Archive for category Configuration
Installing software on your PC isn’t hard. You click the .exe file and the software does its thing… right? Not always.
When it comes to Honeywell’s Trendview suite software, I’ve found that if you don’t take the extra step of running the install As Administrator, it produces faults in the software functionality after the install is complete. This holds true even if the user doing the install has administrative rights on the PC.
So, to help ensure a fault-free installation, make sure you do this:
Instead of double-clicking to launch the installer file, right-click on it.
Select Run as Administrator from the menu and follow the instructions.
Depending on your network setup, you may need to have an IT professional standing by to provide the administrator password.
As we’ve learned through trial and error, this is no longer an option to get the Trendview software to install properly: It’s mandatory to ensure a successful installation.
Lesman Instrument Company is the authorized Honeywell stocking distributor in Illinois, Indiana, Missouri, Paducah KY, Wisconsin, and Michigan’s Upper Peninsula. If you are located outside that area, you can find your local sales office or get technical assistance by visiting Honeywell’s contact page.
Dan Weise, Lesman product specialist, is an instructor for training classes on process instrumentation hardware, software, and technology.
Dan has been involved in all facets of data acquisition and process instrumentation since 1978, from sales and commissioning to service and support. He’s a long-time member of ISA, and has been with Lesman since 1988.
In his words, Dan’s the guy “who reads all the manuals nobody else reads”. In Lesman customers’ words, he’s the trainer to call if you want to “cut to the SO WHAT of instrumentation”, so it’s easy to understand.
Honeywell’s Process Instrument Explorer (PIE) configuration software used for configuring UDC controllers and the UDA analytical controller communicates with the instruments via RS-485, Ethernet, or Infrared (IR).
Since most newer PCs don’t ship with built-in serial ports to connect an IR adapter, you can use a USB-to-RS-232 converter, and then connect using the Actisys serial-to-infrared adapter (ACT-IR220L+). The USB converter will plug directly into your PC’s USB port, but install on a virtual COM port.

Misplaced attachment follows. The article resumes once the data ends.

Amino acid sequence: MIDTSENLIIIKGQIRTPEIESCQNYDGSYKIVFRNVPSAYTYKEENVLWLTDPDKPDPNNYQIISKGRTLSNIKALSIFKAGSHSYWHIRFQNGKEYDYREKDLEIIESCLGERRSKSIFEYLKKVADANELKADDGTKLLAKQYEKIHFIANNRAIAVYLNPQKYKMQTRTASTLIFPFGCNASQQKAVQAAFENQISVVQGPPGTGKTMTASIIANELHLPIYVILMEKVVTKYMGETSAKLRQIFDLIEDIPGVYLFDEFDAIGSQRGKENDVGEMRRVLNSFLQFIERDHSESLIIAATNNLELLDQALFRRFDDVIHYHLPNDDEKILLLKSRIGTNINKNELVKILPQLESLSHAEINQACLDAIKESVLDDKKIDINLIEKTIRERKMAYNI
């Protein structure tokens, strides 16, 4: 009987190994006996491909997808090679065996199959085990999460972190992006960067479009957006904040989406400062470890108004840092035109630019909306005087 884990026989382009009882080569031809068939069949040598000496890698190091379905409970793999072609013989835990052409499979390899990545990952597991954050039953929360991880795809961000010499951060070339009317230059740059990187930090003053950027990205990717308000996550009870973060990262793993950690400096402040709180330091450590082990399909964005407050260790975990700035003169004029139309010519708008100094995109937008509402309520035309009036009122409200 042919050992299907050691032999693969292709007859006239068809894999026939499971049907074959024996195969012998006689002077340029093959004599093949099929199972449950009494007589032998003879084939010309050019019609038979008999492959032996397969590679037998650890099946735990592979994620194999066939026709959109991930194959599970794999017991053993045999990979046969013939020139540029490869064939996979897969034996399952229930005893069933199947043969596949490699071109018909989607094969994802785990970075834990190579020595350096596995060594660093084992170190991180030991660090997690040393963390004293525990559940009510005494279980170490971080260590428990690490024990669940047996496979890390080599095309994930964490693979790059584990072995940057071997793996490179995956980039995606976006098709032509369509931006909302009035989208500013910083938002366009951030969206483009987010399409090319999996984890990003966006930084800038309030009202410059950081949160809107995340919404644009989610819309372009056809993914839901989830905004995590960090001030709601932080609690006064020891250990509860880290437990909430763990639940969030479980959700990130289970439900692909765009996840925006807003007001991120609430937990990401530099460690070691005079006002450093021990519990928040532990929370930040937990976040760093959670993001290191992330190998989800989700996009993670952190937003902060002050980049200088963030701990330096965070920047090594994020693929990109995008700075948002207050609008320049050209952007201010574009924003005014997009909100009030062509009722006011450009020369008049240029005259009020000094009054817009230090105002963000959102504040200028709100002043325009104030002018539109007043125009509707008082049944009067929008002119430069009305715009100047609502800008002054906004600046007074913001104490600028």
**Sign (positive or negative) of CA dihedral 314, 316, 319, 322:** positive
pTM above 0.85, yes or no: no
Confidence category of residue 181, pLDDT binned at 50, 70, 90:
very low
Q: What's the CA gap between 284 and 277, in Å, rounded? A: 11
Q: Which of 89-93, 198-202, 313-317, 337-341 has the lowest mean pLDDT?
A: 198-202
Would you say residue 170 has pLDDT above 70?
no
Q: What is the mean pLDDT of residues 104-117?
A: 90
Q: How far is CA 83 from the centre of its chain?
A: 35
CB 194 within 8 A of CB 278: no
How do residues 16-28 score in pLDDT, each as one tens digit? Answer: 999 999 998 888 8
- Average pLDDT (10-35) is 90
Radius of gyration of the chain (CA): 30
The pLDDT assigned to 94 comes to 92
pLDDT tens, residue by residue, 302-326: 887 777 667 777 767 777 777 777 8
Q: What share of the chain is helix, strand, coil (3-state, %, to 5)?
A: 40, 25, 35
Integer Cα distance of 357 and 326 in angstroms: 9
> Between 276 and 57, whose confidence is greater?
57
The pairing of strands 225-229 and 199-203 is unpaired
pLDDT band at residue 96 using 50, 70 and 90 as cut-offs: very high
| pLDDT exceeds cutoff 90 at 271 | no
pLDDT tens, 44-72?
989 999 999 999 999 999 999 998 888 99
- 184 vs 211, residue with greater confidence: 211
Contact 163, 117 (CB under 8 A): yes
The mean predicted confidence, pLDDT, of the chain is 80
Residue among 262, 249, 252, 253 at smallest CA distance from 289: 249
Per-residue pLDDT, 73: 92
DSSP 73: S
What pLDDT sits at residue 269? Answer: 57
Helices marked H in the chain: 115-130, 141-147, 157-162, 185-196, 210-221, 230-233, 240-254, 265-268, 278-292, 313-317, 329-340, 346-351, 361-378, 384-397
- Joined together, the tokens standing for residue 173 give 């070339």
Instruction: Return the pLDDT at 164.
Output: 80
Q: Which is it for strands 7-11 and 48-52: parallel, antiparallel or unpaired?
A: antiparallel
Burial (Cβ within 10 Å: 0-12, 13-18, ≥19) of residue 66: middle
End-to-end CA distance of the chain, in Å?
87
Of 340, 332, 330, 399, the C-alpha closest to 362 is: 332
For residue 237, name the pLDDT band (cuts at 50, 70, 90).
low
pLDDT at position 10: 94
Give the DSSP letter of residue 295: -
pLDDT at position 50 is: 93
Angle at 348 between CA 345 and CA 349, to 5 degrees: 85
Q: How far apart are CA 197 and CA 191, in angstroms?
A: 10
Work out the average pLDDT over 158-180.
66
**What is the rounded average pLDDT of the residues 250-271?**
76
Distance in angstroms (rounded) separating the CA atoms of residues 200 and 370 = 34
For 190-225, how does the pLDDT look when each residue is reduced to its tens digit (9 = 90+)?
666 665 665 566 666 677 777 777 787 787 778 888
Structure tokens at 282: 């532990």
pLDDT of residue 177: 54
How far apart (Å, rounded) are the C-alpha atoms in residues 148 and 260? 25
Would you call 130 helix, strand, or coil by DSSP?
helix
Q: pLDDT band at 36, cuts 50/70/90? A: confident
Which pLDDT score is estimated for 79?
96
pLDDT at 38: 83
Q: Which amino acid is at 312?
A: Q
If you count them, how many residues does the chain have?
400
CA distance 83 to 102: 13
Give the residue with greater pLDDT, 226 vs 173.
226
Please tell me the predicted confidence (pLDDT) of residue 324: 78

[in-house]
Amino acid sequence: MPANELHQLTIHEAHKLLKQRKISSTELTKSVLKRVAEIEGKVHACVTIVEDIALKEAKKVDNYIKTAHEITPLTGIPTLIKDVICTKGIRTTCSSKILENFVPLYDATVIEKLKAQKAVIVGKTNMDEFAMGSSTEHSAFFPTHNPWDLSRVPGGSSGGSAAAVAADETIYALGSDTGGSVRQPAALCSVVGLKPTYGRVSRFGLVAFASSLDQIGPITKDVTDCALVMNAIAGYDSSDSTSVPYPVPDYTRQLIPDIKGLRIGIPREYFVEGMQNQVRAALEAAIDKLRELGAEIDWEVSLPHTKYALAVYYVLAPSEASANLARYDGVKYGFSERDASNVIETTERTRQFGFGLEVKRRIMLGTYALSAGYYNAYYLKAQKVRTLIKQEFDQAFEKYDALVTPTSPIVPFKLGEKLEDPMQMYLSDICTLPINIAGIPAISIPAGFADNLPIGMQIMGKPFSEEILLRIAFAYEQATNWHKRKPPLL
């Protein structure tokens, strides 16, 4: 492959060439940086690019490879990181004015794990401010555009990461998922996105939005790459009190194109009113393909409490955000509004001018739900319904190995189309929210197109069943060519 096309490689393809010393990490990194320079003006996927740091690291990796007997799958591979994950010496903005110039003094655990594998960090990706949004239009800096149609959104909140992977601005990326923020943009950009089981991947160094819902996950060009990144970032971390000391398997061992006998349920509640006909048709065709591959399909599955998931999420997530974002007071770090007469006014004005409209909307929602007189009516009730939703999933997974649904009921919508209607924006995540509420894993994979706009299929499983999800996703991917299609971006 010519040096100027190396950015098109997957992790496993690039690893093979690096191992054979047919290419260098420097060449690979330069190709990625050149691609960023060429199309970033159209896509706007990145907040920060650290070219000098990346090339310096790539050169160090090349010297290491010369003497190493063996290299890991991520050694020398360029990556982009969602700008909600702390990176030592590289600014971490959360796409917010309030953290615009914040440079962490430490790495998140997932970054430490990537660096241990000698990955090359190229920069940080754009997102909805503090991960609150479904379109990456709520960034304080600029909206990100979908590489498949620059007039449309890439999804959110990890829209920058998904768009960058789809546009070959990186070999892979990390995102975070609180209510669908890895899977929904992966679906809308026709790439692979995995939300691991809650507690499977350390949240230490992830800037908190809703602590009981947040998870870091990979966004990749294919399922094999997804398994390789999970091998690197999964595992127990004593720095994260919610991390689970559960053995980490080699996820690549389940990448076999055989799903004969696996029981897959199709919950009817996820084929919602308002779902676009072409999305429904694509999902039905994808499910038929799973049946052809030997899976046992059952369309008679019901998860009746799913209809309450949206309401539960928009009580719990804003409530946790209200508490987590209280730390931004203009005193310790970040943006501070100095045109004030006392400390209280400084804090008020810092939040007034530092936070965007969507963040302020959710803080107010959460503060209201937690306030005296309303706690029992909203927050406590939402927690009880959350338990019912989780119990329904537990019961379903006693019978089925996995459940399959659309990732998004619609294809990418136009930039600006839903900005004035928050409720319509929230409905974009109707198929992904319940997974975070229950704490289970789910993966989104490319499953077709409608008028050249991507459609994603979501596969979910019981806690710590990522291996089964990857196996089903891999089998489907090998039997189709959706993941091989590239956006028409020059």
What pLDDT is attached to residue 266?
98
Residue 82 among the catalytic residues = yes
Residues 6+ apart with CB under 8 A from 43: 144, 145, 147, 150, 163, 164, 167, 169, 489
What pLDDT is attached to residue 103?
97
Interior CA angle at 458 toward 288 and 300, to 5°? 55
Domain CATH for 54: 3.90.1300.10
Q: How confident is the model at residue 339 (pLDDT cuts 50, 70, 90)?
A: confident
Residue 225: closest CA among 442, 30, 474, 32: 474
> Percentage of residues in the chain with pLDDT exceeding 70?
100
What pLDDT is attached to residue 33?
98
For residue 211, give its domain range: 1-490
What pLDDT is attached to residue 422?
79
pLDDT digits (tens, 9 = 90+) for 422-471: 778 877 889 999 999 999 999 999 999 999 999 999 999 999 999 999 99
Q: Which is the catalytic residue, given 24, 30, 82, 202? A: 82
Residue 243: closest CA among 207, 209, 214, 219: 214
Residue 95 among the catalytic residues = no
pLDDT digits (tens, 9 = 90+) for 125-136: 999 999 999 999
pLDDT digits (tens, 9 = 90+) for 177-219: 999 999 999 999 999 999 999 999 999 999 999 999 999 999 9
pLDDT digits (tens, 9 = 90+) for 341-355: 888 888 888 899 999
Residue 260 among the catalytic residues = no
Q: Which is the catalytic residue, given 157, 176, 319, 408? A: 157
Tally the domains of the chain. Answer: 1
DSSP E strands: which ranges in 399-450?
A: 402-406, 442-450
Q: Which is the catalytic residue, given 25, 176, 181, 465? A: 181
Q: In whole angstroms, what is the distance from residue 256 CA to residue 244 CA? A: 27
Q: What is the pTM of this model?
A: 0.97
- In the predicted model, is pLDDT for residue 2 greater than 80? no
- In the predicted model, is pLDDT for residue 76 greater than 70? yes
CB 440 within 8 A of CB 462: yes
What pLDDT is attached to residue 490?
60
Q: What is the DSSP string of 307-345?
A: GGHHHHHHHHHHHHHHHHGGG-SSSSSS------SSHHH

Here’s where it gets tricky: That COM port has to match the COM port used in PIE, and PIE doesn’t support ports above COM8.
Written by: Dan Weise
I couldn’t communicate with a HART device. The configuration software I was using, Pactware, thought the USB HART modem was on COM 3, while Windows’ Device Manager showed it was actually on COM 6.
To change the COM port in Pactware to COM 6, I right clicked COM 3 and selected Parameter:
Written by: Dan Weise
I’ve used Pactware for a couple years now, so I was surprised when I couldn’t get the Siemens LUT400 to work with the software. The LUT400 ultrasonic level and flow controller comes with a DTM file that I installed before opening the Pactware software.
The DTM file can be downloaded from this link: http://tinyurl.com/cqk2cky
Once it had been installed, I opened Pactware and updated the device catalog, as seen in the picture below:
But when I attempted to establish a HART connection to the LUT400, I got an error message:
Not all processes have optimal piping configurations. Learn how to identify alternative solutions for processes inhibited by piping constraints.
Siemens is hosting a free webinar on Wednesday, October 21 at 2pm EST.
In this 1-hour webinar, Siemens specialists will show you how the flowmeter can be installed and how this versatile instrument can be used to meet your application needs. They will be discussing the installation guidelines for process piping that can enhance your flowmeters’ performance.
The two most common questions I get about paperless recorders are:
- How far back in time can I scroll back or playback the chart?
- How many days/weeks/months of data does the recorder save?
What people don’t realize is that the answers to these questions vary according to how the recorder’s memory is allocated.
To help you understand how the recorder’s memory works, let me explain how data is viewed and saved on a paperless recorder.
Everyone agrees that it’s good practice to keep a record of configurations and setups for any field instrument. I’m constantly recommending it to our customers for their transmitters, controllers, recorders, and other complex configurable devices.
Siemens clamp-on ultrasonic flowmeters even have a system in place to make this process easy. By connecting the meter to a PC through the RS-232 serial port, you can use a terminal program and the SITE command to fetch a data file that holds all the instrument’s configuration data.
The terminal program can also be used — with a set of instructions specific to the flowmeter — for viewing real-time operational data, performing device setup, uploading logger data, or uploading configurations known as SITE setups.
Recently, I was called to visit a plant and look at a misbehaving flowmeter. From previous discussions with the operator, I knew he’d saved SITE setup files for every flowmeter installed in the plant.
I asked if the customer would e-mail me the setup file before my visit, so I could check out how the flowmeter was set up. My request was met with a chuckle and “Well, if you really think it’s worth it…”